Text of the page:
Atrophic rhinitis is scored based on the degree of turbinate atrophy and septal deviation. An average score is calculated and a relative herd severity level is assigned by the Merck Animal Health veterinarian who conducted the check. Mange is scored based on the presence of small, red papules on the skin surface after the hair has been removed from the carcass. Livers are scored based on the number of scars present on the surface. For both liver scars and mange a negative status is desired in most herds, so the data is evaluated more on a yes/no basis.
How does slaughter health check information fit in with other diagnostic testing, production records and observations?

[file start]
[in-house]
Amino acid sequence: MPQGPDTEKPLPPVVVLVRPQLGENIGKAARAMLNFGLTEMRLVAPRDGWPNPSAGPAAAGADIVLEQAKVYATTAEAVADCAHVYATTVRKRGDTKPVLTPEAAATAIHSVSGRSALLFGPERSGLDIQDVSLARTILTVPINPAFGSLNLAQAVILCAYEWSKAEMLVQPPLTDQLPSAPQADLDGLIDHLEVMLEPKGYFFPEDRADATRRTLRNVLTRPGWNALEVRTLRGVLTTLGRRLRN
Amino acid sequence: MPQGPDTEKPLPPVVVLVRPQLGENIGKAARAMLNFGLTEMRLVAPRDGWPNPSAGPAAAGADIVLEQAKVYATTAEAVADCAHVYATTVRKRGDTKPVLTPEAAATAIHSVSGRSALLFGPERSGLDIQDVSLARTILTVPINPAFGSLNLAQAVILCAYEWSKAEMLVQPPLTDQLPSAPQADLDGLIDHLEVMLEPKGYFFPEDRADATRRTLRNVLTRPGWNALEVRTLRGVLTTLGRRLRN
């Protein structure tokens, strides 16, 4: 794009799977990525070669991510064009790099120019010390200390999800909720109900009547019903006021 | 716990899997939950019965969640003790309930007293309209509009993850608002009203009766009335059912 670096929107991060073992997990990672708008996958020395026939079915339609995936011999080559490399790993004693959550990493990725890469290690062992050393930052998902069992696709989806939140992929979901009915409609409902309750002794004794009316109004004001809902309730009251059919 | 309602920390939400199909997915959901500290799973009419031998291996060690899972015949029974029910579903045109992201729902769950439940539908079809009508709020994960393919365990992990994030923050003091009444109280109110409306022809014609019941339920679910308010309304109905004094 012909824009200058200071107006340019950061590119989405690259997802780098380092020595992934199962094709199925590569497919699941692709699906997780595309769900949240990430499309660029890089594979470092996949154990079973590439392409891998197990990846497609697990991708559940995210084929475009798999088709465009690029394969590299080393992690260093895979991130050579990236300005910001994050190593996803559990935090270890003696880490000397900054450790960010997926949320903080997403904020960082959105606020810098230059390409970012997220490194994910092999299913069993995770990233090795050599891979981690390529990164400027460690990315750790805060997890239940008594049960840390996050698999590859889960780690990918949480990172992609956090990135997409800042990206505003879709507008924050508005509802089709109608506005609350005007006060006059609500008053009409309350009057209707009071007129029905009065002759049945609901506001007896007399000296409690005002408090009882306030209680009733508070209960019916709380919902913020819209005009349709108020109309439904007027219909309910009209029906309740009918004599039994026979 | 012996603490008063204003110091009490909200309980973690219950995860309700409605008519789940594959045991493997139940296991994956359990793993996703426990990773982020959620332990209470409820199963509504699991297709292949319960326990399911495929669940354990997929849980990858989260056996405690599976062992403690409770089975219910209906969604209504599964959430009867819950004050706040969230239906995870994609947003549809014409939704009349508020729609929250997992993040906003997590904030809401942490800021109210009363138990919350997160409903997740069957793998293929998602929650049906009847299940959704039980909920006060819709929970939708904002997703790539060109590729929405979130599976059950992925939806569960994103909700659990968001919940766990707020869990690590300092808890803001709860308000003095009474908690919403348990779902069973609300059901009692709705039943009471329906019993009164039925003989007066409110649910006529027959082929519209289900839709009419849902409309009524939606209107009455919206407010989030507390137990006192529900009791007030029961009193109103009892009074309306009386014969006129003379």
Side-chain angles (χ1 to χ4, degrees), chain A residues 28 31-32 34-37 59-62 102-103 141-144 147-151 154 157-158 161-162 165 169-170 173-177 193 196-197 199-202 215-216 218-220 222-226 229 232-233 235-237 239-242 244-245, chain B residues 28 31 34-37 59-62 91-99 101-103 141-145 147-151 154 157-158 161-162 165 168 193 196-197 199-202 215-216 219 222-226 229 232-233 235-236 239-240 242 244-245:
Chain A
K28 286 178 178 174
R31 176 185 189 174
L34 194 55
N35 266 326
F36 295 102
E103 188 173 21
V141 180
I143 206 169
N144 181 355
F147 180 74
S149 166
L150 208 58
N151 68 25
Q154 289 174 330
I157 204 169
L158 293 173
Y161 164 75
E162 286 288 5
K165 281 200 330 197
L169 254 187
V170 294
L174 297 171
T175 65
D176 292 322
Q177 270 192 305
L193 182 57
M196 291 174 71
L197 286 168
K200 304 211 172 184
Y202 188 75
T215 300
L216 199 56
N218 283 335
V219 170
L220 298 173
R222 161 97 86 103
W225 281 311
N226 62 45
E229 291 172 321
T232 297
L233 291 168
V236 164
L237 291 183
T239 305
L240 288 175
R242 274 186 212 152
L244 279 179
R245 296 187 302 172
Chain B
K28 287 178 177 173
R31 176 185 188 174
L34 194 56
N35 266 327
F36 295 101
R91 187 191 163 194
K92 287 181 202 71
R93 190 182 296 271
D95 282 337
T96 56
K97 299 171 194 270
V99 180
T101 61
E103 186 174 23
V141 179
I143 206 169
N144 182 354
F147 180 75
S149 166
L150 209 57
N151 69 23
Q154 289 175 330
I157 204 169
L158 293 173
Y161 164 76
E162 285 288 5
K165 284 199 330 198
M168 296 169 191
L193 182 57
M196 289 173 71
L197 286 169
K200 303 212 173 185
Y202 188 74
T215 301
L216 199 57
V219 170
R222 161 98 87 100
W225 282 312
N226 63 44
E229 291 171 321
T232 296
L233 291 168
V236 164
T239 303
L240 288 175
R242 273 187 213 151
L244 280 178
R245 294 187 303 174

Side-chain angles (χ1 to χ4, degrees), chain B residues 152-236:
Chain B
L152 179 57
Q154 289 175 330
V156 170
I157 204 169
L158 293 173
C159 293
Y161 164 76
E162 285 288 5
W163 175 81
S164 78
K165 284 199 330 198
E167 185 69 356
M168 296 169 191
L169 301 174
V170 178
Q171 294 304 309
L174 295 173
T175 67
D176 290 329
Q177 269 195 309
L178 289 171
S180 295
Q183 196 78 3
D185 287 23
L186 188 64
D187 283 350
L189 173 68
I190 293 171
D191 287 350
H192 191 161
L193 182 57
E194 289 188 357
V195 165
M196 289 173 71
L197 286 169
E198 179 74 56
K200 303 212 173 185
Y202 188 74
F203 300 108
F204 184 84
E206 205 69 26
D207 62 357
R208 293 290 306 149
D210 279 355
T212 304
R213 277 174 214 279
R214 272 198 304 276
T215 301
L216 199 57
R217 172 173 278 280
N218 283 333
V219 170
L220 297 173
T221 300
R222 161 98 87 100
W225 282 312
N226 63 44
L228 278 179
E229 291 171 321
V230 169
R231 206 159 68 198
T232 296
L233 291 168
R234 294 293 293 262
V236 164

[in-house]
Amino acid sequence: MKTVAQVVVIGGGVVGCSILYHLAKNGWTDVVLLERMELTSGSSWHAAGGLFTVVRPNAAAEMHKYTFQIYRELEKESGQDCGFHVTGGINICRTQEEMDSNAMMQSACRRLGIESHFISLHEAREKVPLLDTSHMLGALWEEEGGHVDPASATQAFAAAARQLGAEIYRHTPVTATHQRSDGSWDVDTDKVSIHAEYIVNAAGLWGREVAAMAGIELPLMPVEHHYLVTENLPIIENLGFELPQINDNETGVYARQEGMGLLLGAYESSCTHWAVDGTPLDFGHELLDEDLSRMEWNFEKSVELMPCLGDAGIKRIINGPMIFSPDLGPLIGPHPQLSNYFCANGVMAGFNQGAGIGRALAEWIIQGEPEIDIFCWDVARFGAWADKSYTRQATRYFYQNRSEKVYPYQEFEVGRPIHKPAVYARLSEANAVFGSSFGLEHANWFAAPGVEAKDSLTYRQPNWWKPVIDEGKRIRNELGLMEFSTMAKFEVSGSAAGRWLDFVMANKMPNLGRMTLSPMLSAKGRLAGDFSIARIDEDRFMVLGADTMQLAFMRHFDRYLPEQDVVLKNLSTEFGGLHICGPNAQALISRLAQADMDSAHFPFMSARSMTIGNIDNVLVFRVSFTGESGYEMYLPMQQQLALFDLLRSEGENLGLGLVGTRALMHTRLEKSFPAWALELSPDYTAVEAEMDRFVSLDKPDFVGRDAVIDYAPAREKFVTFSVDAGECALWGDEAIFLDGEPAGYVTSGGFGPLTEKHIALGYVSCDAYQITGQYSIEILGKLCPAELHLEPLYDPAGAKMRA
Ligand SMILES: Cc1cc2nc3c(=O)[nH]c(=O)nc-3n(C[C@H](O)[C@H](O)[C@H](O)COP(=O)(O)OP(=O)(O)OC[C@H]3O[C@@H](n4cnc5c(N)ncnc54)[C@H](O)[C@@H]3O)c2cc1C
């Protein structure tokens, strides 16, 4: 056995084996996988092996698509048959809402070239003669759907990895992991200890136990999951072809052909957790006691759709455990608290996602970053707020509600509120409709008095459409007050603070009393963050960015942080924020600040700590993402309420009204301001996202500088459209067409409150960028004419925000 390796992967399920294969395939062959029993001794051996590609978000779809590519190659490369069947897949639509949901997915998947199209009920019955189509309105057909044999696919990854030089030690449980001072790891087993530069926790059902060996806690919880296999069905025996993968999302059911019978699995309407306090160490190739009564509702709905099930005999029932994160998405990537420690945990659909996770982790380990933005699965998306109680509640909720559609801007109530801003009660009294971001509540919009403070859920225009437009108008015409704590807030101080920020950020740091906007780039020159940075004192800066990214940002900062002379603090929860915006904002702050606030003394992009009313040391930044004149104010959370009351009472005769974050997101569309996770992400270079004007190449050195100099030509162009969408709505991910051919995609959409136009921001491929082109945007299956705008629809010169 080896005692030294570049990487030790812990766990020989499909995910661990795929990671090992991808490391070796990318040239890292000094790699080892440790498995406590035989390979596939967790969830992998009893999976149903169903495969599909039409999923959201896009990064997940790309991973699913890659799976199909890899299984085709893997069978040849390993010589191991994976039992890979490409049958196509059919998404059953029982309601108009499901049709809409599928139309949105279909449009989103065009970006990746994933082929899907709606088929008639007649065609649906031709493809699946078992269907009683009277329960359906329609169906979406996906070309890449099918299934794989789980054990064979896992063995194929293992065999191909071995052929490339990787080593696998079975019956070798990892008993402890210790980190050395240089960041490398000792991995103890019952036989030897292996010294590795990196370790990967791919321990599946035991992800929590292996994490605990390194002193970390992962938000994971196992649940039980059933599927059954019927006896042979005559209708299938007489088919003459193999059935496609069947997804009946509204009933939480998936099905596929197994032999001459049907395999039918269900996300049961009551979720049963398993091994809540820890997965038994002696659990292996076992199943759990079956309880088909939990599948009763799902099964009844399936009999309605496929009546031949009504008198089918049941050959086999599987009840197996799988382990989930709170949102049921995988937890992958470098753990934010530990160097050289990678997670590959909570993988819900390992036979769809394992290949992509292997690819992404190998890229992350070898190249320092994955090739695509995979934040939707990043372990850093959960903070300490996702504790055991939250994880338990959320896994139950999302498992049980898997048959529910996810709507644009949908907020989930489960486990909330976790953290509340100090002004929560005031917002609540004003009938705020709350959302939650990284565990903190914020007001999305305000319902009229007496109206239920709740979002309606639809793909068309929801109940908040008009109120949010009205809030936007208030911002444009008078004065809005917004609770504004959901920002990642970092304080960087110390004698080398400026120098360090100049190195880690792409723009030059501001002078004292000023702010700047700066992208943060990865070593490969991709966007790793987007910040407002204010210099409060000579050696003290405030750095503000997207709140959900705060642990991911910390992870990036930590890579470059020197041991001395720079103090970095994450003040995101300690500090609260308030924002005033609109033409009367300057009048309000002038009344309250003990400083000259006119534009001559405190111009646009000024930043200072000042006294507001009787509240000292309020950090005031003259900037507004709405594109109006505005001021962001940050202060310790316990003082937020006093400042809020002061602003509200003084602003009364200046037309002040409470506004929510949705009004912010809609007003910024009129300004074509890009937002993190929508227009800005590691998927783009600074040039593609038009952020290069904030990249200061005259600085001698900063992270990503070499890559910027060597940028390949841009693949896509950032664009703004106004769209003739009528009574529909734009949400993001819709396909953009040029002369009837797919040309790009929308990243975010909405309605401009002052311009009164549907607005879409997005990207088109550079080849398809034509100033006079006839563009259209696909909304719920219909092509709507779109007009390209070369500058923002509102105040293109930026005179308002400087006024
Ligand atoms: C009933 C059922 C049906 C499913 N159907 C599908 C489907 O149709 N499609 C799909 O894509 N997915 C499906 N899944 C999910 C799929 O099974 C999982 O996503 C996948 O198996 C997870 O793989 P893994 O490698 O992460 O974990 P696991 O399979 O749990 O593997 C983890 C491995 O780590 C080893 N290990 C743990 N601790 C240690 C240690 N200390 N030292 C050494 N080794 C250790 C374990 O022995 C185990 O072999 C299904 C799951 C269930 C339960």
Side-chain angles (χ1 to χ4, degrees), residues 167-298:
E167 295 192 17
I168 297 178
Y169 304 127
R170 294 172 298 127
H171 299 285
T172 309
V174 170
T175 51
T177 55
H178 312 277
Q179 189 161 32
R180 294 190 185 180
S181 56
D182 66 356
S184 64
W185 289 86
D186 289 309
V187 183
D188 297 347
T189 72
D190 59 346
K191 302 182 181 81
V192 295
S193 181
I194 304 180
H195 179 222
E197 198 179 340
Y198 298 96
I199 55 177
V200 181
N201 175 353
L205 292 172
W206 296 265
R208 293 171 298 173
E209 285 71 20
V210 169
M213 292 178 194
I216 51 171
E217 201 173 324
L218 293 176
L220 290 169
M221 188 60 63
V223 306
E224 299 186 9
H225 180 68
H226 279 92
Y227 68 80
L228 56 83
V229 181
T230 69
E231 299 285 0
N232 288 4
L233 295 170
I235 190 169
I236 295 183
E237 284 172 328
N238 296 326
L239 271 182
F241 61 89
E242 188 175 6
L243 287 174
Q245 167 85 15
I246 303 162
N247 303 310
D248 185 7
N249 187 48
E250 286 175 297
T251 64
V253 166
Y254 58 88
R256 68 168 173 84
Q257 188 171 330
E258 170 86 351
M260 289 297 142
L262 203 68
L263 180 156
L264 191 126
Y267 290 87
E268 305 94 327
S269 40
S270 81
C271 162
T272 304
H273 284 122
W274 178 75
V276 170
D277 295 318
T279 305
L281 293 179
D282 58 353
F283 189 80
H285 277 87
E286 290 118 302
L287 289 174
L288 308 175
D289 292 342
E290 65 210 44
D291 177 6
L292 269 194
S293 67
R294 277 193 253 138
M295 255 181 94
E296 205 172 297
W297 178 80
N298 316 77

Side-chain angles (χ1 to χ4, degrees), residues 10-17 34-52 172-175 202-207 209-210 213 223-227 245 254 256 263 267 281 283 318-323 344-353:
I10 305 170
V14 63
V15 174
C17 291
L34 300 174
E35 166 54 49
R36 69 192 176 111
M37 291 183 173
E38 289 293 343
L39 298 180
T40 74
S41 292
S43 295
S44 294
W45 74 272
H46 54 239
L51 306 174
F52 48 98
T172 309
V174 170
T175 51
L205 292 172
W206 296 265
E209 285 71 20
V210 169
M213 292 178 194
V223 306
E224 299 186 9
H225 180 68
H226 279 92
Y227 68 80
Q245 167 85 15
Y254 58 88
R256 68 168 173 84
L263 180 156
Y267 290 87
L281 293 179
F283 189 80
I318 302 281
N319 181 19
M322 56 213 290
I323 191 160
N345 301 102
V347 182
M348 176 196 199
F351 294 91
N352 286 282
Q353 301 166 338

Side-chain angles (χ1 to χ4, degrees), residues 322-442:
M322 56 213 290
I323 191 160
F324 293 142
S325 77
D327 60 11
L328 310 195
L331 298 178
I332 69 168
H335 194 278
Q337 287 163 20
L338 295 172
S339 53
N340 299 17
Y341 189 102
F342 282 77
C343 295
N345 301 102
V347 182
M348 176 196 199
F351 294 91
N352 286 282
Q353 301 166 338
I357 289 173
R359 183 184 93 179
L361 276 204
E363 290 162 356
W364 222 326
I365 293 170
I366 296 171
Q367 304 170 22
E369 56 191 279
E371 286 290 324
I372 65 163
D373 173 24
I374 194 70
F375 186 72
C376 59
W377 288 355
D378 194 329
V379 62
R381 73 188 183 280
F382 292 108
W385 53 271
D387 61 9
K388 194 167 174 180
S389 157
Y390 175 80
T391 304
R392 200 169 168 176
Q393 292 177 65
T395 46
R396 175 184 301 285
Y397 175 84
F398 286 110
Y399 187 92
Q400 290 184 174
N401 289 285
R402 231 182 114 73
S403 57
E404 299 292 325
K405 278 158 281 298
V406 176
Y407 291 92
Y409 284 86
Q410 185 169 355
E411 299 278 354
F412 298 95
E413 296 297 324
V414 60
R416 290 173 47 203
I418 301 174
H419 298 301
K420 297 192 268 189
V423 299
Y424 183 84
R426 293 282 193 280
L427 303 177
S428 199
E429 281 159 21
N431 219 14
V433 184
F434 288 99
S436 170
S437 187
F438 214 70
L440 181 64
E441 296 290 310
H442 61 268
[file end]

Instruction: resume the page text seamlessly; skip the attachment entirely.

The interpretation and value of the slaughter health check information will vary between herds and over time. The information needs to be evaluated and interpreted in light of previous diagnostic test results, production records and observations made by the herd’s staff, the attending veterinarian and other advisors. In some cases, the slaughter check information will provide a definitive answer to a question such as a product comparison or verification of a clinically obvious problem. Often times, the information leads to additional testing, especially when the results are unexpected such as the situation where a disease new to the herd, such as atrophic rhinitis is diagnosed or the extent of a disease, such as ascarid infestation, needs to be determined.
How much does it cost to have a slaughter health check done?
Merck Animal Health technical service veterinarians will perform the checks at no cost to the producer where appropriate. If a private practitioner performs the check, Merck Animal Health will work with the practitioner and may assist with the cost where appropriate, providing that the data collected will be made available to Merck Animal for inclusion in a slaughter health check database.